The Red Bull Indianapolis Grand Prix is in no danger of being replaced through 2012, but an alternative is being considered for 2013, according to a senior Dorna official.
Carmelo Ezpeleta, the CEO of MotoGP rightsholders Dorna, said at last week’s visit to the Ducati team intro in Italy that Dorna was “talking with Texas,” the new multi-purpose facility in Austin, Texas which will host Formula 1 for ten years starting from 2012, “also, yes, but just talking. Is one of the circuits I mentioned we are discussing with them since it’s a nice project.”
The Austin venue, which is being designed by Hermann Tilke, the preferred designer of F1 supremo Bernie Ecclestone, is currently under construction with an eye towards a 2012 Formula 1 return to the U.S. The last American F1 GP was held at Indianapolis Motor Speedway in 2007. The multi-purpose 3.4-mile track is located in Wandering Creek, southeast of the Texas capital of Austin. It includes a Driving/Riding Experience and Seminar building, a membership-only Motorsports Driving Club, and a kart track. With all of the track’s energies focused on the Formula 1 United States Grand Prix, Ezpeleta is willing to wait until 2013 before a proposed MotoGP race could take place.
“Again, they need to have 2012 for Formula One,” Ezpeleta said. “We are not discussing before then 2013 for that. And we are talking with them. But it’s a very nice project.”
Ezpeleta acknowledged that the Indy contract is up this year and that a one-year extension would be necessary to have a race in 2012. Will that happen? “We will see,” Ezpeleta said.
The other venues Ezpeleta discussed were Phillip Island and India. Phillip Island has been plagued by bad weather for the past several years—this year’s race weekend was bitterly cold, wet, and windy, though the race was run in the dry. The riders and Dorna would like the race moved to the start of the season, closer to April, in the Australia fall rather than the Australian spring. But the Australian Grand Prix Corporation (AGPC) said recently that they had a contract through 2016 to have a race in September or October. An earlier date would put the race in conflict with the end of March Australian Formula One Grand Prix
Ezpeleta said he’d recently spoken with the AGPC and that “they are looking at different possibilities. In any case, any contract is subject to the homologation of the circuit. The circuit is not homologated and we must contemplate everything. Also contemplate the climactic conditions. Then if the circuit is homologated is not confirmed.” In other words, he held the threat of homologation over their heads. Since the FIM is solely responsible for track homologation, it’s hard to see this as a viable threat.
Among the markets where Dorna is considering expansion is India. When asked about a possible grand prix in India, Ezpeleta said the FIM had visited New Delhi, but added that the situation was similar to Austin. “The Delhi people are so concentrated to finish the circuit and to make Formula One for this year,” on the weekend of Oct. 28-30, which is a lot of work,” he said. “We have time until June to know exactly what is the situation.”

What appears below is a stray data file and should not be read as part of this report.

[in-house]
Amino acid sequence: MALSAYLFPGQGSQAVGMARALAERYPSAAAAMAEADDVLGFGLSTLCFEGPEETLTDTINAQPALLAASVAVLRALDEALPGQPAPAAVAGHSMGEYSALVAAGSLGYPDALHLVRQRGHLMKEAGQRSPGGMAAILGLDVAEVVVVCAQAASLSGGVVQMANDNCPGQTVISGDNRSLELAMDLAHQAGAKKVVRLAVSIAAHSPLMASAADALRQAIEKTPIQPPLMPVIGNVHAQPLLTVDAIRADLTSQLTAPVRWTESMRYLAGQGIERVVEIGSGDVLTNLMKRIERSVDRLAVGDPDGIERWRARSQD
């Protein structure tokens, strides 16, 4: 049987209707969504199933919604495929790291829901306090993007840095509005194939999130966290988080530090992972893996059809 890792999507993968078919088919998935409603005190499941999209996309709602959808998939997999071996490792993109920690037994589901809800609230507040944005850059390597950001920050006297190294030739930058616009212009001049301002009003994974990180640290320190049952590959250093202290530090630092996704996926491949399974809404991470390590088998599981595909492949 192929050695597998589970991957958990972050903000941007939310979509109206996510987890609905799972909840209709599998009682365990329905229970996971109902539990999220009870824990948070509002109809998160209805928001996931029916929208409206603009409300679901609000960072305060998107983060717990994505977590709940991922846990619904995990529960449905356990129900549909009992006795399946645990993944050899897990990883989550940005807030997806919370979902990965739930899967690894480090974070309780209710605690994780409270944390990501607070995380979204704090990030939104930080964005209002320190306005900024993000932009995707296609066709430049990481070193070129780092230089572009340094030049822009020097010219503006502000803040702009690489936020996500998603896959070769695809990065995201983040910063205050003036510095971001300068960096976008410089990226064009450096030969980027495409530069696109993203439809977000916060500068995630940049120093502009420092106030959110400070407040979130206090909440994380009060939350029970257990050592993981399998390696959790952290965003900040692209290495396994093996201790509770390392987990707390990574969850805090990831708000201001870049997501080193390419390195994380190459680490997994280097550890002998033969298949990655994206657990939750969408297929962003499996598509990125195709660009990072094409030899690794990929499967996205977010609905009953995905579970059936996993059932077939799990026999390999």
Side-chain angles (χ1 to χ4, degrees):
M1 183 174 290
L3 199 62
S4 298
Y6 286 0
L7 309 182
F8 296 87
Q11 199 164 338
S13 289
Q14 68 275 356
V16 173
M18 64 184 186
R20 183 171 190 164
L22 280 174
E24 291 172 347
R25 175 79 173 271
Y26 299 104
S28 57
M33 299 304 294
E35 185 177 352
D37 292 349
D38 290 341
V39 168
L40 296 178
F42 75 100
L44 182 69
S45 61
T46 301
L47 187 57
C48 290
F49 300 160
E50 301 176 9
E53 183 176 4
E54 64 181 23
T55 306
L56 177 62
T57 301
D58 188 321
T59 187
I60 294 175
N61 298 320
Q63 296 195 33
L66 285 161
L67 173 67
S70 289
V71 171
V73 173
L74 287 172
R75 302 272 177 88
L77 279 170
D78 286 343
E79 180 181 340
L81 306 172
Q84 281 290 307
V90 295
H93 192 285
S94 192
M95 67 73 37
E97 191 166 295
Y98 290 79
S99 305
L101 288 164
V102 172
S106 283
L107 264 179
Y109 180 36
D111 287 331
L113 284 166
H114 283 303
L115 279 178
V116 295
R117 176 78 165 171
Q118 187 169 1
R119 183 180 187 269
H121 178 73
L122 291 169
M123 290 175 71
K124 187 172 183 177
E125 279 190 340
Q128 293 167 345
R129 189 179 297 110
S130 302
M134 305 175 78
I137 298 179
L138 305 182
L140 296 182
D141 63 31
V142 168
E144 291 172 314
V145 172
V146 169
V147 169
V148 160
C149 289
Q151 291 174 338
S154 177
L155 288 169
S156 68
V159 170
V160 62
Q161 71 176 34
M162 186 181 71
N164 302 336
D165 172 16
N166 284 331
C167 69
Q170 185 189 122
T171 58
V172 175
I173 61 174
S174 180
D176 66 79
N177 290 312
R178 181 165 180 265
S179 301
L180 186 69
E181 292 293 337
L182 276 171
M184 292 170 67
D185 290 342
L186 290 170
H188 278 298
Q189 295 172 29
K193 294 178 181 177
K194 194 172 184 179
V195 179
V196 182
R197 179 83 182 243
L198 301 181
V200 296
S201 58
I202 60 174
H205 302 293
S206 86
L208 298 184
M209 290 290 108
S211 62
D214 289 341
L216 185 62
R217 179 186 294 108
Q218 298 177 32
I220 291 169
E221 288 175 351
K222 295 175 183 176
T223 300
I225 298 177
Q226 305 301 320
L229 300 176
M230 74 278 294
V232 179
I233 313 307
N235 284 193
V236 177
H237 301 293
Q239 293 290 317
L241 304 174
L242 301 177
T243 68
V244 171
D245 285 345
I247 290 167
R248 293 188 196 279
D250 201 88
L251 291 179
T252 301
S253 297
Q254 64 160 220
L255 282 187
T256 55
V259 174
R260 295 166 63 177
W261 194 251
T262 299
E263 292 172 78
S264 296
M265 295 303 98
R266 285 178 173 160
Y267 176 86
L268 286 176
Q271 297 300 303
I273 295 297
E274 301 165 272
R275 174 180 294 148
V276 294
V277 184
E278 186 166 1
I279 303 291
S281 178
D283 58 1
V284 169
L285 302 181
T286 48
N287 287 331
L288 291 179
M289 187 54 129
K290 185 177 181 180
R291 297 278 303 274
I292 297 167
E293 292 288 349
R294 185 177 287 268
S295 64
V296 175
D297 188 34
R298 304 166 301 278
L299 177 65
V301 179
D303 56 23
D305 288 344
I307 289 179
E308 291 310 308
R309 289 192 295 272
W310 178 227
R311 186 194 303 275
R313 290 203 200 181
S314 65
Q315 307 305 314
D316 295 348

The most contentious issue Ezpeleta addressed was the status, or more accurately, the size of the Rizla Suzuki MotoGP team. Ezpeleta said that “Suzuki will participate next year just with one bike,” which would be a breach of their contract which calls for two riders, and that they hadn’t confirmed their participation beyond 2011.
As to whether Dorna could bring legal action, Ezpeleta said, “Well we talk with MSMA (Motorsports Manufacturers Association) people and we need to wait first, we need to wait if they participate or not. In any case, all these cases, we are not interested in legal cases unless this can be solved something. Then we will wait exactly what is the situation, how is the future and we decide. In fact, for us the most important is to try to keep the contract in place. In our opinion they didn’t respect the contract” by fielding one rider. “And if we decide or not to go to legal action is less important than we forced to them to do it and they go do it.
“Also it’s important how will be the behavior of Suzuki for the future. To be honest, if they continue participating we don’t think we need to do any legal actions. If not, maybe yes or maybe no, but in any case is something has not a term. We can do it now or in six months or one year.”
Regardless of whether Suzuki takes part in 2012, Ezpeleta believes the grid will be full.
“We can see for sure we will have no less than 22 bikes in MotoGP class in 2012 and Moto3,” the replacement for the 125cc class, “will work very well,” he said. “We already have a lot of people contacting us. As you know, we are now waiting the offers to be the supplier of the electronic unit for Moto3 and this is the way. We are, I’d say, optimistic is maybe too much, we are concurring the things together with the teams and the manufacturers and I think things are going well.”
What may not be going well are Dorna’s plans to allow MotoGP teams to use production-based engines. World Superbike promoters, Infront Motor Sports, have been consistent and vocal in their belief that they own the rights to the only series with production-derived engines. Ezpeleta said their beef is with the FIM, not him.
“We are following our contract with the FIM and we have not any problem in the discussion of about prototypes or not prototypes; is not our discussion,” Ezpeleta said. “Nobody can say that any of the bikes that are participating in MotoGP is not a prototype, including Moto2. Then this is not our problem. Maybe it’s a problem between Infront and FIM, but this is not my problem.
A number of factories, including BMW and Aprilia, are thought to be interested in joining the series when it reverts to literbikes in 2012. But Ezpeleta said that “some manufacturers, new factories” are showing interest, but he couldn’t confirm anyone’s participation.